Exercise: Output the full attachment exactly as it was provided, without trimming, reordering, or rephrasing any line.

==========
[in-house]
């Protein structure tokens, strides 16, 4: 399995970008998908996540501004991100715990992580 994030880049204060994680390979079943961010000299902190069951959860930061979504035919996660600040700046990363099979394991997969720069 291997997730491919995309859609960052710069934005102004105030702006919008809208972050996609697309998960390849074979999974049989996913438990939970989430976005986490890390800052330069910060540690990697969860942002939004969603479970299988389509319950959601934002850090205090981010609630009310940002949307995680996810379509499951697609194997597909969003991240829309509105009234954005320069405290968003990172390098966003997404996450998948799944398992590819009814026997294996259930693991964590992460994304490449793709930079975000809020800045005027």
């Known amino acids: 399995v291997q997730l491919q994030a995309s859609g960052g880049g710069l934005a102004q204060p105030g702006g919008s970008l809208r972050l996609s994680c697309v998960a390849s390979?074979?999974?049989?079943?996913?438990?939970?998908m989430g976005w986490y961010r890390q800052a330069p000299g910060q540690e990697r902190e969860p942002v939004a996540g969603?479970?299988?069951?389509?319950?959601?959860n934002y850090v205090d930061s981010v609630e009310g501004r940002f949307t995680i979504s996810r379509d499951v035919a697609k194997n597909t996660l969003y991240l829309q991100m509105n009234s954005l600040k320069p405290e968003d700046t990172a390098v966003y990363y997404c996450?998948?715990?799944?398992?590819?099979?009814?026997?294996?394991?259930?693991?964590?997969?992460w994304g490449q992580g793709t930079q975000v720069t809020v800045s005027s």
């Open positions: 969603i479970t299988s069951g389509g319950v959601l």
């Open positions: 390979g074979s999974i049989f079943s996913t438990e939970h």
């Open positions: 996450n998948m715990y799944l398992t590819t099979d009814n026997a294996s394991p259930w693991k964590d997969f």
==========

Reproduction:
[in-house]
């Protein structure tokens, strides 16, 4: 399995970008998908996540501004991100715990992580 994030880049204060994680390979079943961010000299902190069951959860930061979504035919996660600040700046990363099979394991997969720069 291997997730491919995309859609960052710069934005102004105030702006919008809208972050996609697309998960390849074979999974049989996913438990939970989430976005986490890390800052330069910060540690990697969860942002939004969603479970299988389509319950959601934002850090205090981010609630009310940002949307995680996810379509499951697609194997597909969003991240829309509105009234954005320069405290968003990172390098966003997404996450998948799944398992590819009814026997294996259930693991964590992460994304490449793709930079975000809020800045005027």
């Known amino acids: 399995v291997q997730l491919q994030a995309s859609g960052g880049g710069l934005a102004q204060p105030g702006g919008s970008l809208r972050l996609s994680c697309v998960a390849s390979?074979?999974?049989?079943?996913?438990?939970?998908m989430g976005w986490y961010r890390q800052a330069p000299g910060q540690e990697r902190e969860p942002v939004a996540g969603?479970?299988?069951?389509?319950?959601?959860n934002y850090v205090d930061s981010v609630e009310g501004r940002f949307t995680i979504s996810r379509d499951v035919a697609k194997n597909t996660l969003y991240l829309q991100m509105n009234s954005l600040k320069p405290e968003d700046t990172a390098v966003y990363y997404c996450?998948?715990?799944?398992?590819?099979?009814?026997?294996?394991?259930?693991?964590?997969?992460w994304g490449q992580g793709t930079q975000v720069t809020v800045s005027s």
């Open positions: 969603i479970t299988s069951g389509g319950v959601l």
């Open positions: 390979g074979s999974i049989f079943s996913t438990e939970h």
């Open positions: 996450n998948m715990y799944l398992t590819t099979d009814n026997a294996s394991p259930w693991k964590d997969f």